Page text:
Science Fair Project Encyclopedia
|Elevation:||14,110 ft (4,300 m)|
|Latitude:||38° 50′ 25.92″ N|
|Longitude:||105° 02′ 39.14″ W|
|Topo map:||USGS Pikes Peak|
|Age of rock:||~ 1.1 Gyr|
|First ascent:||1820 by Stephen Long and party|
Pikes Peak (formerly Pike's Peak, see below) is a mountain in the Front Range of the Rocky Mountains, near Colorado Springs, Colorado. It is named for Zebulon Pike, an explorer who led an expedition to the southern Colorado area in 1806. It is one of the 54 peaks in Colorado whose summits are taller than 14,000 feet (known as "fourteeners"). It is not the tallest, however; that distinction falls to Mount Elbert (14,440 feet (4401 m))
Much of the fame of Pikes Peak is due to its location near the eastern edge of the Rockies. Unlike most other similarly tall mountains in Colorado, it serves as a visible landmark for many miles to the east, far into the Great Plains. Driving south on Interstate 25 from the city of Fort Collins, it comes into view over a hundred and thirty miles away. It is notable for its imposing appearance both from the east (167Kb image) and from the west (179Kb image).
In July 1860, Clark, Gruber & Co. began minting gold coins in Denver bearing the phrase "Pikes Peak Gold" and an artist's rendering of the peak on the obverse. As the artist had never actually seen the peak, it looks nothing like it. In 1864 the US Government purchased the minting equipment to open their own mint.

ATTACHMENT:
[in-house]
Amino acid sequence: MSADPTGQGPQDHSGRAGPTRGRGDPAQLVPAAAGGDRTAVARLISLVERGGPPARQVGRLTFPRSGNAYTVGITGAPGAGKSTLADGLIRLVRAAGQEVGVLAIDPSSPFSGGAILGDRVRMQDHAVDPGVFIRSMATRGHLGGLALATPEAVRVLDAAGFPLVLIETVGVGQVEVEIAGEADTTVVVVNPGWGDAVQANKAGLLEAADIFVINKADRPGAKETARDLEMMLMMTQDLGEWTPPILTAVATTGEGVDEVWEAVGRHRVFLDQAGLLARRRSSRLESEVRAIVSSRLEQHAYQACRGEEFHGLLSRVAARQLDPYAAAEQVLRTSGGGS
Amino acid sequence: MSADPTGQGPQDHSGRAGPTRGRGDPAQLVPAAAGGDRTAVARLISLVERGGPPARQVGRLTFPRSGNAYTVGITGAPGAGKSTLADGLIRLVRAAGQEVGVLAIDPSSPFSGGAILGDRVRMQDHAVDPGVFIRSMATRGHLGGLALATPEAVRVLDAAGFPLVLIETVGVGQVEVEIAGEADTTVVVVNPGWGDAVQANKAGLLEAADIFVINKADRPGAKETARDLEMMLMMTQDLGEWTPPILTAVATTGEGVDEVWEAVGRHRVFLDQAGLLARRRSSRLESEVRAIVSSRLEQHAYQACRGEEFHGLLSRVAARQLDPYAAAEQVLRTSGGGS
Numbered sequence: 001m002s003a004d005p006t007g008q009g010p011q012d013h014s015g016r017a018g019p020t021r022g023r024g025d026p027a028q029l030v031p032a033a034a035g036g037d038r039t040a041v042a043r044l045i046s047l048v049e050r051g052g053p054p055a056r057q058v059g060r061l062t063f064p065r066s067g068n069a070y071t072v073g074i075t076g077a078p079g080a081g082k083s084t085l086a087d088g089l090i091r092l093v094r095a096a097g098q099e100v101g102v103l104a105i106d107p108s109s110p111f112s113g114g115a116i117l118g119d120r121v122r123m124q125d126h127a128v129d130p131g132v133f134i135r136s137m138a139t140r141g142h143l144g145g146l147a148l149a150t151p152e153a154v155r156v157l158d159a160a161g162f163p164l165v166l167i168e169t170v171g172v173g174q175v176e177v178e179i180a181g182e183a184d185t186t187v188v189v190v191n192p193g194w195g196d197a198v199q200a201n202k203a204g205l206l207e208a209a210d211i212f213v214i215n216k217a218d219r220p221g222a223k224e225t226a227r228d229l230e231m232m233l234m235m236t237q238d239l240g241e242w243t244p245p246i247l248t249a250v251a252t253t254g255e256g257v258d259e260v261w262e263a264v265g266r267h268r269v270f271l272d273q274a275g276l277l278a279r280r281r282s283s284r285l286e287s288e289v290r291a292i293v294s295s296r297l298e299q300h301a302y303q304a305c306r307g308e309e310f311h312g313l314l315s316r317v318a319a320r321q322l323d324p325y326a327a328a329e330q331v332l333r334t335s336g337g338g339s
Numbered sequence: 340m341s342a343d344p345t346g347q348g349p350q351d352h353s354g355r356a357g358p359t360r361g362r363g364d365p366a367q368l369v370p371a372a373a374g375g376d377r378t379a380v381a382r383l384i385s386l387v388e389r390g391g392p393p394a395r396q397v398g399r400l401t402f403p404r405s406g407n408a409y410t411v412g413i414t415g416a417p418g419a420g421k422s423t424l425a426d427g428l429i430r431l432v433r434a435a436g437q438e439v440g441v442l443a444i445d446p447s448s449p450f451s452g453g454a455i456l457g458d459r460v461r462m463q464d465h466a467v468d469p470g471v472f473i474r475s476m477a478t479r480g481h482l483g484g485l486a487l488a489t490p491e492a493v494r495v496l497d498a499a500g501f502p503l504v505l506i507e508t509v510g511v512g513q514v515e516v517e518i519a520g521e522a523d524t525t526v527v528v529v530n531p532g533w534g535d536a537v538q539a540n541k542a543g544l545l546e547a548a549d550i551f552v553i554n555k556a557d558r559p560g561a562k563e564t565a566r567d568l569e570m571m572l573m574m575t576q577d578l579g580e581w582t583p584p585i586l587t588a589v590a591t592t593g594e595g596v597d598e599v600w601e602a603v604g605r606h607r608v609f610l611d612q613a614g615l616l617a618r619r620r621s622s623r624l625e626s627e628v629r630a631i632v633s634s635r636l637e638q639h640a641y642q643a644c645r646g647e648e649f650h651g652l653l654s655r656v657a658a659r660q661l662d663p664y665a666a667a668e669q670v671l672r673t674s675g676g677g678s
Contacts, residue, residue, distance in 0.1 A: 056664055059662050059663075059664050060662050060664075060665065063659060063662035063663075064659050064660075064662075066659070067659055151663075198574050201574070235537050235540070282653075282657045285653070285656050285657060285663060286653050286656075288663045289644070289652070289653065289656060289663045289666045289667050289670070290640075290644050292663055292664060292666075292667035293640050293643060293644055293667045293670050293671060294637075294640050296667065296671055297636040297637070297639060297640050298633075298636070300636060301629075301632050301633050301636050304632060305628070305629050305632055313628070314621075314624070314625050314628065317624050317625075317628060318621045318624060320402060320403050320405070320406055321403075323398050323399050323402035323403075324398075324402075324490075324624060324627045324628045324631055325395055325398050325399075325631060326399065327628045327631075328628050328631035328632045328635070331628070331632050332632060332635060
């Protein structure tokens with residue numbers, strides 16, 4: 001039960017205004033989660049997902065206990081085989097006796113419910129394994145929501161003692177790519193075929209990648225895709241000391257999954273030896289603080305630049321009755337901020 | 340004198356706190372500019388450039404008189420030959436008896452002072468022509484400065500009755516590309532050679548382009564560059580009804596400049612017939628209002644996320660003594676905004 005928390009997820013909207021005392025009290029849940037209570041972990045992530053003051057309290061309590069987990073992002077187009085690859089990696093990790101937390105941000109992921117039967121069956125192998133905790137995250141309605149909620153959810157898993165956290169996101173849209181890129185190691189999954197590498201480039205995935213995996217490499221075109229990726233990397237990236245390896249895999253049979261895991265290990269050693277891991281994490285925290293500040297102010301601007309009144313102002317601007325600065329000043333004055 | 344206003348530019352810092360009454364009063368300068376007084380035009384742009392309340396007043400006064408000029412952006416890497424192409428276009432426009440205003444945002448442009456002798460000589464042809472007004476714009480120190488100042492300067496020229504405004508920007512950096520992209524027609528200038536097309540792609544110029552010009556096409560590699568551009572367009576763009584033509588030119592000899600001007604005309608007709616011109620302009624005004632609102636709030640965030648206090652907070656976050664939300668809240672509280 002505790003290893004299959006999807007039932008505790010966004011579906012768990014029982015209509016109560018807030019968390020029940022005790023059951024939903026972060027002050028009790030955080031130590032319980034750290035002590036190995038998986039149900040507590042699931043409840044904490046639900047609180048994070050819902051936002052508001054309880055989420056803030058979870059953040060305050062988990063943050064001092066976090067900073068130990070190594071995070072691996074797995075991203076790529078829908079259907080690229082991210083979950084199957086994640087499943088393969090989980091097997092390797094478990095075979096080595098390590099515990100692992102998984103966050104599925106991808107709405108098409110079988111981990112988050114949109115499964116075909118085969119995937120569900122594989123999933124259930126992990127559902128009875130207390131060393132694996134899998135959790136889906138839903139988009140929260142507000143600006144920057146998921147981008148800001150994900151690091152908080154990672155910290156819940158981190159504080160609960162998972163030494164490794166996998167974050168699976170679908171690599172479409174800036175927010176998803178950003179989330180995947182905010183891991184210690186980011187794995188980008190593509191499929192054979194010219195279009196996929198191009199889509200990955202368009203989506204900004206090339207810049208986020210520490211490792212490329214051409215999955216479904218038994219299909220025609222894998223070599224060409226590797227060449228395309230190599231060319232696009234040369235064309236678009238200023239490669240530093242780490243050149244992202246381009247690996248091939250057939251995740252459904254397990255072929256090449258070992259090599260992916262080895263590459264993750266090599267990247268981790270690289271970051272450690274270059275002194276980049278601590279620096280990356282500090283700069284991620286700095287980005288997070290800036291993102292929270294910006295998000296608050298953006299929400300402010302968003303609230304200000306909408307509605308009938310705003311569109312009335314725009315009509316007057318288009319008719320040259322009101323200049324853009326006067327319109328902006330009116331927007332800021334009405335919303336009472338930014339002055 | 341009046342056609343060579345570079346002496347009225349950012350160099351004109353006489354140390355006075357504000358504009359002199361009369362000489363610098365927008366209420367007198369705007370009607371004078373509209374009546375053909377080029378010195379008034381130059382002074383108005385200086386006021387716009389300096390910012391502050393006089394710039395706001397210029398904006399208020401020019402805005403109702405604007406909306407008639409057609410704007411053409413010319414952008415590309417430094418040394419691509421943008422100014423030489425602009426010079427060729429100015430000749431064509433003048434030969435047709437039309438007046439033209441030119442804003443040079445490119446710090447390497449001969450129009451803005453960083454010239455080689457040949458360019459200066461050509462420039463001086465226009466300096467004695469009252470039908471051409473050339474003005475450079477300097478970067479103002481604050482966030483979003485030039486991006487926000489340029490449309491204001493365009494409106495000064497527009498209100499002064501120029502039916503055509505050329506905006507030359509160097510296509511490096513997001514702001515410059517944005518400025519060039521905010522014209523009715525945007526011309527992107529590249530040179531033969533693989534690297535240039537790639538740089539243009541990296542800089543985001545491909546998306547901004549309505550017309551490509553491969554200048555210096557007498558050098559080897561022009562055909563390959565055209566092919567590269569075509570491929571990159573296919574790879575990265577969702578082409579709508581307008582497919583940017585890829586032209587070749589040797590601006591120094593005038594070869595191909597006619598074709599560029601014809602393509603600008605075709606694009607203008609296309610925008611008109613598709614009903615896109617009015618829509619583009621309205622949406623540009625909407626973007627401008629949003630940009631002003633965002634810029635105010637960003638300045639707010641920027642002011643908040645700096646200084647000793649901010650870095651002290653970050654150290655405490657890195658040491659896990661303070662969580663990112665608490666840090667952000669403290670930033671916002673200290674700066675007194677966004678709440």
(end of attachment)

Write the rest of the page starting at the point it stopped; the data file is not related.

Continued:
Pikes Peak is home to an annual hillclimb, made famous worldwide by a short film featuring Ari Vatanen driving his Peugeot up the steep, twisty slopes of the summit road. Tourists may also take a cog railway, the Manitou and Pike's Peak Railway, up to the top of the mountain.
Originally the peak was called "Pike's Peak", but in 1891, the newly-formed US Board on Geographic Names recommended against the use of apostrophes in names, so officially the name of the peak does not include an apostrophe. In addition, in 1978 the Colorado state legislature passed a law mandating the use of "Pikes Peak" only. Even so, the old name is still often seen.
Pikes Peak is made of a characteristic pink granite, called Pikes peak granite . The pink color is due to a large amount of potassium feldspar. The granite was formed by an igneous intrusion in the Pre-Cambrian age, approximately 1.1 billion years ago, during the Granville orogeny .
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